Port: 2016 vintage report
Author: Catriona Felstead MW
Given that drought is always prevalent in this exceptionally dry region, the year started well with 80 millimetres more rainfall over the winter than the average of the last 30 years. This higher rainfall is invaluable to store much-needed water in the ground to enable the vines to get through the long, dry summer months ahead.
However, despite an unusually warm start to the year, April and May were extremely cool and wet with three times the standard average rainfall for these two spring months. Intensive work in the vines was therefore critical to combat disease pressure and many of the smaller vine growers, who neither had the time nor the physical energy to undertake such work, suffered as a result. It is estimated that, overall, this has reduced the 2016 Douro yields by 25 percent; however, those producers who did put huge care into their vines over this period, certainly reaped the benefits.
A more normal June and July followed, but August was extremely hot, which slowed the development of the grapes, thus extending the growing season. The vines were under considerable stress, however two days of much-needed but very localised rain (none in the Pinhão valley, for example) on 24th and 26th August provided a vital tonic for the vineyards which were fortunate enough to experience it.
September was hotter still, with temperatures as high as 43 degrees Celsius causing drought-stress for the younger vines. The older vines, though, benefited from that additional winter rain and reacted well. Despite this, it was already clear at this stage that more time was required for the fruit to achieve physiological ripeness; those who picked in early September would risk unripe flavours and bitter tannins in the wines.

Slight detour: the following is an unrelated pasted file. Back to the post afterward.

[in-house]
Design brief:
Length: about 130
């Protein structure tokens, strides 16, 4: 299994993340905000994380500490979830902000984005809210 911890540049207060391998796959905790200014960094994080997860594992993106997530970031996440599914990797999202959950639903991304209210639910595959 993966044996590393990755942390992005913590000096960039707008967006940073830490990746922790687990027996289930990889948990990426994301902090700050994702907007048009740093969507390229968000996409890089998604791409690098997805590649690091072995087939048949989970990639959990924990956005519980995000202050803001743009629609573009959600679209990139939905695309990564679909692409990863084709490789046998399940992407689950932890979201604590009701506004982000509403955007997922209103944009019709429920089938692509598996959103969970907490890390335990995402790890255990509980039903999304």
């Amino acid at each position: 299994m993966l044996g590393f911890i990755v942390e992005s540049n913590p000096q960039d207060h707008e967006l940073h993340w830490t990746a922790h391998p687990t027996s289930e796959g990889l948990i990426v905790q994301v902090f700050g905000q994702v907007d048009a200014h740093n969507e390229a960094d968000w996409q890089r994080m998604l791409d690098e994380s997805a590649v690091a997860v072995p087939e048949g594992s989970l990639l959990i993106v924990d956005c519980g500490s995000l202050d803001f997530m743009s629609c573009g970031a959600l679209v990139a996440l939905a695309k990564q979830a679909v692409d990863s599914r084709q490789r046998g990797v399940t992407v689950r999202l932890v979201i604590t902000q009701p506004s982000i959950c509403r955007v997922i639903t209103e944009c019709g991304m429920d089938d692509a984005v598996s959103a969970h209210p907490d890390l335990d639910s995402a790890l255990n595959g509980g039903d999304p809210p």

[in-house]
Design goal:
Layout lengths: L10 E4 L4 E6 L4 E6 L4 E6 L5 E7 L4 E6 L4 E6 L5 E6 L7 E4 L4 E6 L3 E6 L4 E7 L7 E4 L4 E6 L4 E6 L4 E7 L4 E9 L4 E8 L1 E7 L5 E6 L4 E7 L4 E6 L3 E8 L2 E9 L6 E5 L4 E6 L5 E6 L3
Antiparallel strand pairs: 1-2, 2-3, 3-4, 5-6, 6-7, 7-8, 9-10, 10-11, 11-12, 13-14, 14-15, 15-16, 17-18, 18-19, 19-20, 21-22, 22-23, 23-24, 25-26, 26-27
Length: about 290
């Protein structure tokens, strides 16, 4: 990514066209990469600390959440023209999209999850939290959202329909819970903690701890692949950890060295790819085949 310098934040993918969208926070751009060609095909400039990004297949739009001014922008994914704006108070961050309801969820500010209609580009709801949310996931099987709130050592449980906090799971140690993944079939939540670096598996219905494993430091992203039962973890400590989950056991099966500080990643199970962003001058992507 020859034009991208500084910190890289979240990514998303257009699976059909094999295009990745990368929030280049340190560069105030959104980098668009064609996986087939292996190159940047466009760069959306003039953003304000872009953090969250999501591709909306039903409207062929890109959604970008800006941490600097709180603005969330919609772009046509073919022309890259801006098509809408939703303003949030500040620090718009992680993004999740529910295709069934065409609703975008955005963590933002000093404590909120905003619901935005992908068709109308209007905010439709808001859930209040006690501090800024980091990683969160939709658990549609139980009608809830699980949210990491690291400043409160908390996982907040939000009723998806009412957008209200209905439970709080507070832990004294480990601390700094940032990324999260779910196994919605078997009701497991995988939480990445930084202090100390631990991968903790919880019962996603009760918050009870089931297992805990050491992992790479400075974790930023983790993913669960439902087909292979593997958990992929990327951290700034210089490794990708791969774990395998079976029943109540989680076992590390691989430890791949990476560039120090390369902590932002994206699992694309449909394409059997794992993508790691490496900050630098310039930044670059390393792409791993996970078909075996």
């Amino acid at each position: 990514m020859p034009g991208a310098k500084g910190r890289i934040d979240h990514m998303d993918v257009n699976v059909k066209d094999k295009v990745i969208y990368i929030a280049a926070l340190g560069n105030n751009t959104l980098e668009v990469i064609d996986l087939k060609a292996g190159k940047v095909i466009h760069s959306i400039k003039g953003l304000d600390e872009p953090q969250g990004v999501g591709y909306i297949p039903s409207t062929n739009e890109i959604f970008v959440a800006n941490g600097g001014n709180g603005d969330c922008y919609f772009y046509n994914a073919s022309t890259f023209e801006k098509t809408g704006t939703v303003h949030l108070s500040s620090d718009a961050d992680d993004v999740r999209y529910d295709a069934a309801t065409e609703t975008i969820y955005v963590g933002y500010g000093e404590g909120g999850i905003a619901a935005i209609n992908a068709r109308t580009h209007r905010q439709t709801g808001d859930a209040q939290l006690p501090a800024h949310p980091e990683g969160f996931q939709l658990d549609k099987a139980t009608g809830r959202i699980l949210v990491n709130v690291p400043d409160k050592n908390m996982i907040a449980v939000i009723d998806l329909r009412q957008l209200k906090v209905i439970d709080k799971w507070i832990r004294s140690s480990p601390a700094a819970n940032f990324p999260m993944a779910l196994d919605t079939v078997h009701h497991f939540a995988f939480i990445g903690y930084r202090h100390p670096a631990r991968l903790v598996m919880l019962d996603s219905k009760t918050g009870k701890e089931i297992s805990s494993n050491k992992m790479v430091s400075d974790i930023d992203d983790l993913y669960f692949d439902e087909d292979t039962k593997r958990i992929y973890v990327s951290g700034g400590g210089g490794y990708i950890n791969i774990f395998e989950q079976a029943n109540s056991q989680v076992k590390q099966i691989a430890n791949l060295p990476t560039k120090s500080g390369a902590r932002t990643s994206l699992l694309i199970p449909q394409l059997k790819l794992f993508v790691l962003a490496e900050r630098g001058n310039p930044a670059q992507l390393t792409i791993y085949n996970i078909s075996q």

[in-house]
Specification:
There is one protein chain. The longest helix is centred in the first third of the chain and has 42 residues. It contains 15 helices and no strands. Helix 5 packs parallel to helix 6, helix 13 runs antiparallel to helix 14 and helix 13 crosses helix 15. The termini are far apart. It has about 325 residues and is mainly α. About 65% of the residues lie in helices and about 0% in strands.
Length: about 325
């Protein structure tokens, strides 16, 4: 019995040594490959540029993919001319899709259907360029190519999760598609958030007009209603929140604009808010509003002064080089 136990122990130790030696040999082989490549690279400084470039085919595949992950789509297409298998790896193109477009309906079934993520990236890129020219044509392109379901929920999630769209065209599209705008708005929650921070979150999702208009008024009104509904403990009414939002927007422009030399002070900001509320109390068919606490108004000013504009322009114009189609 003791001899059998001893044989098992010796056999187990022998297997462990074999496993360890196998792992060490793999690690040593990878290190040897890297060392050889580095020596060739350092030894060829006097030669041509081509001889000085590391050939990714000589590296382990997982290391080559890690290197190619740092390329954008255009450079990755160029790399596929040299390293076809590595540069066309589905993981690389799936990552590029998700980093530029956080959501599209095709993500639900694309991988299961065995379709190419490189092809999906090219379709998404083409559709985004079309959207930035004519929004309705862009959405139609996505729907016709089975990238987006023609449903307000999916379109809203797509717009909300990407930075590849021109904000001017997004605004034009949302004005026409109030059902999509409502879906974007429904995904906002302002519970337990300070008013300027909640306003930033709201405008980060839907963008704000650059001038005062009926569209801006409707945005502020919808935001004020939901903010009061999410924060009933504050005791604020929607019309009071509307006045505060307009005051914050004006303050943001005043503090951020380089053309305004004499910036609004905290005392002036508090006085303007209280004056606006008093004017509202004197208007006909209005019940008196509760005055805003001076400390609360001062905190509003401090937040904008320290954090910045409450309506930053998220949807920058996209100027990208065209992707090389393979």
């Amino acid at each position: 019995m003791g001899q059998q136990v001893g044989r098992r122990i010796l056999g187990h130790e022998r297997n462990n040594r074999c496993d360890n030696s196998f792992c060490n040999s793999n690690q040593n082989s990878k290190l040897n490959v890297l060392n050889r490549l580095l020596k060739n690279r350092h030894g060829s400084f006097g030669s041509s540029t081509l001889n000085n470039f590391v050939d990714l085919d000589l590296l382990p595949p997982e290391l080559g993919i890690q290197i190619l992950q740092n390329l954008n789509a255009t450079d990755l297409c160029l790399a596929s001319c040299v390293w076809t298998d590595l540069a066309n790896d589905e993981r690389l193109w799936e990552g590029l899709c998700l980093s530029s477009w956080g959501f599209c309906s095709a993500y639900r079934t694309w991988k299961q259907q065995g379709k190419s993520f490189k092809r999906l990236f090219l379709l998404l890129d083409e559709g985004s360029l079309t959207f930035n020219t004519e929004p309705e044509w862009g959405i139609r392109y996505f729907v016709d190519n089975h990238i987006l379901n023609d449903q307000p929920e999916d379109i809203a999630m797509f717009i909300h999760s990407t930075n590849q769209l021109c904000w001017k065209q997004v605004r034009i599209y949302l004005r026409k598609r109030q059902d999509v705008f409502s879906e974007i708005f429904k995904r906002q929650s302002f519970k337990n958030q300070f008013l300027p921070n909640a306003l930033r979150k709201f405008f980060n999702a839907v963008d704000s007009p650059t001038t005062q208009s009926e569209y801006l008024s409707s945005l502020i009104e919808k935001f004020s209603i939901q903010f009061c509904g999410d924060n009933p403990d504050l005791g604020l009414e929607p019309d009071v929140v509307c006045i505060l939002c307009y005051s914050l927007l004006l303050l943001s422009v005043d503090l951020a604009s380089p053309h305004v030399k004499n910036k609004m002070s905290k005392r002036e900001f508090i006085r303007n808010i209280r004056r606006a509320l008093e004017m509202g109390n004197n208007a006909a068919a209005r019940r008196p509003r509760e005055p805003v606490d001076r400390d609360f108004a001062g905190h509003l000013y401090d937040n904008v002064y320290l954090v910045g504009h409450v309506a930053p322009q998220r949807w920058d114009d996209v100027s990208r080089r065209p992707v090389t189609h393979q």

Most estates with an eye to quality started picking their most easterly vineyards from mid-September. A sprinkling of refreshing rainfall on 12th and 13th September suspended some harvests just as they were about to begin, with picking starting again in earnest from 19th September. Some estates delayed picking the all-important Touriga Nacional variety for a few days longer, as they felt it needed even more time to be perfectly ripe. Four perfect weeks of sunny days and cool nights followed with – for most producers – the harvest finally finishing in the week of 10th October.
We have yet to taste our first drop of the 2016s, but the winter rainfall and subsequent favourable vintage conditions certainly support the widely-held view that this could be a legendary Port vintage. Adrian Bridge, Managing Director of the Fladgate Partnership, has described the 2016 vintage as being all about “purity and refinement”, while Quinta do Noval has firmly stated their belief in this year by declaring it a Nacional vintage.
As a final summary, we will leave you with the words of Charles Symington who said (in the last week of the vintage) on Monday 10th October in Pinhão:
“The weather throughout the vintage has been exceptionally good and this has allowed for maturations to develop perfectly… The lagares have been giving balanced Baumés and exceptional colour and the Touriga Franca may well be the best wine of the vintage. The wines have wonderful freshness and elegance as well as structure.”